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Gujjar women of Pathra strive to keep art of weaving handmade skull capes alive

Post by on Saturday, August 20, 2022

First slide
Pulwama, Aug 19:  Zaina, an aged Gujjar woman, grazes cows in lush green vast meadow in the upper reaches of South Kashmir’s Pulwama district.Sitting at an elevation amidst thick wild bushes, she keeps a watch on her milk yielding cow.Simultaneously; she is knits beautiful designs on a skull cap with red fabric.  
Zaina, like majority of mud hut dwellers from nomadic Gujjars in Pathra has a humble family background.
 “Knitting handmade caps earns me peanuts,” she said, adding that she has been practicing weaving art since her childhood days.
The lady has inherited the art from her grandmother and then the mother honed her skills further.
“During my grandmother’s time every woman in our area would cover her head with these beautifully designed handmade skull caps adorned with red fabric,” she recalled, adding that wearing ‘Topi’ was a part of their rite. “It has religious sanction too,” she said.
Another aged woman of Pathra, Surekha, told that wearing Topi was such a dominant cultural rite that it accorded a distinct identity to Gujjar and Bakerwal women.
However, due to cultural acculturation triggered by mediated interactions with different communities, the tradition of using handmade caps is dying.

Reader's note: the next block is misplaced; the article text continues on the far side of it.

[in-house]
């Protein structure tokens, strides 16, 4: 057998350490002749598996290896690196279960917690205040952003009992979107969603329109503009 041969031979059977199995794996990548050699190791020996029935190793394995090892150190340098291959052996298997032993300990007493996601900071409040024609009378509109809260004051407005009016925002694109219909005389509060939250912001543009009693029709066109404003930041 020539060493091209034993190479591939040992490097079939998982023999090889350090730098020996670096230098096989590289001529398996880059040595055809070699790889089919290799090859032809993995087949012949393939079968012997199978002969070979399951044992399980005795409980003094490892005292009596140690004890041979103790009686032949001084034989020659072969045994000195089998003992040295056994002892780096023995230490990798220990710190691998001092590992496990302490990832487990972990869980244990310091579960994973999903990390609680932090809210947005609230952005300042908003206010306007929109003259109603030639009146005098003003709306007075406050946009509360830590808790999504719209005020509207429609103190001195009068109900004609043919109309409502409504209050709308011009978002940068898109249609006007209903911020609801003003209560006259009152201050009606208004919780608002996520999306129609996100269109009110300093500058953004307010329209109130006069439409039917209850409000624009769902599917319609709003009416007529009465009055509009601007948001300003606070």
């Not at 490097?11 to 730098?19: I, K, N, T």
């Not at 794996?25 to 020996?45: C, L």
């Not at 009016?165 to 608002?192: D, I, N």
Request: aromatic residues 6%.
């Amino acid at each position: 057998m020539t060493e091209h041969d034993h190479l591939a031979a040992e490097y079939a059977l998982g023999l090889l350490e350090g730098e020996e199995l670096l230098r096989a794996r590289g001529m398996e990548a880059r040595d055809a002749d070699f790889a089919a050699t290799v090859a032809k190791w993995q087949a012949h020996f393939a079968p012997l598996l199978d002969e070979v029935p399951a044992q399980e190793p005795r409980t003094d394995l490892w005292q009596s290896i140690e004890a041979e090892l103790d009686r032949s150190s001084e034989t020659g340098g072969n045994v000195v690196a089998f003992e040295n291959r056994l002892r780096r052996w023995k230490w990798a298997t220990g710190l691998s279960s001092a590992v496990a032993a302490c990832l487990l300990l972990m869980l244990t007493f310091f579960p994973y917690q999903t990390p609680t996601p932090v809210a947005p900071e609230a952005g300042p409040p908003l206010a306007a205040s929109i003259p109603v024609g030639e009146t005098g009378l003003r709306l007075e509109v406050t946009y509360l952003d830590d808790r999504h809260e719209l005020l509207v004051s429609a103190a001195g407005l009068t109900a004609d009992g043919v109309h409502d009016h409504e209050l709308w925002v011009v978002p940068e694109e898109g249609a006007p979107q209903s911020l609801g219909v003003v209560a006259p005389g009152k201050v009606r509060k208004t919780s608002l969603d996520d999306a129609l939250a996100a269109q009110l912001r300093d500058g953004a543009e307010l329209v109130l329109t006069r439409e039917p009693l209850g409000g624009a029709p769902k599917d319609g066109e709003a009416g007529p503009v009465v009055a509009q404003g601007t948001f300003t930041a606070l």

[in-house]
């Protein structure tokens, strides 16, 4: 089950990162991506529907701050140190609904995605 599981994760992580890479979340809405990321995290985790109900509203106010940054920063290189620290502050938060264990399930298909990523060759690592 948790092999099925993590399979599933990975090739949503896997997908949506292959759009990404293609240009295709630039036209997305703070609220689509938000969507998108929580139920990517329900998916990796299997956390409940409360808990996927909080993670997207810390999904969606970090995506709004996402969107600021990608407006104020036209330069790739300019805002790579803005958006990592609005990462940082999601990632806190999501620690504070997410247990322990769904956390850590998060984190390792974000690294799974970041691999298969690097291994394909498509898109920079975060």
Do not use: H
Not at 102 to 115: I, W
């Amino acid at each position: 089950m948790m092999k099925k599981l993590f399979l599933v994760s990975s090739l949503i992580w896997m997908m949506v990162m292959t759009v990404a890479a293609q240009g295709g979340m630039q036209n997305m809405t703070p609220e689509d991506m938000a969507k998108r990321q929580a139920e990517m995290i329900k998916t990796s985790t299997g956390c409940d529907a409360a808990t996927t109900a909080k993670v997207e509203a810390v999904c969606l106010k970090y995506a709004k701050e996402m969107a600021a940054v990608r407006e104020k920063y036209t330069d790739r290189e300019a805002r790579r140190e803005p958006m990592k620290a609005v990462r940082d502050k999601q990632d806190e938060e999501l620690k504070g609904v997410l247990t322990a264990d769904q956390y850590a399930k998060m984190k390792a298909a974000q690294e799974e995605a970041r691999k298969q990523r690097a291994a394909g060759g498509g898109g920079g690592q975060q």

Surekha and few other women strive hard to keep this centuries old tradition alive.
“Weaving handmade caps was a sound means of earning livelihood in olden days, we would get orders every month,” Surekha said, adding for a cap they would charge up to rupees 1200.
She said that she would feed her family with the earnings.  
Those were golden days.
Today the tradition is fading very fast as the new generation shows no liking for these traditional caps.
“Aged women still use them but for these handmade caps there are no takers among the young,” she rues.
Decrease in demand for woven caps has hit the livelihood of many, Surekha is one among them.
She added these days she mostly weaves these caps for their personal use.
“In a year we will get a single order,” she said, adding that they continue to weave handmade caps to keep the rich tradition of their forefathers alive. 

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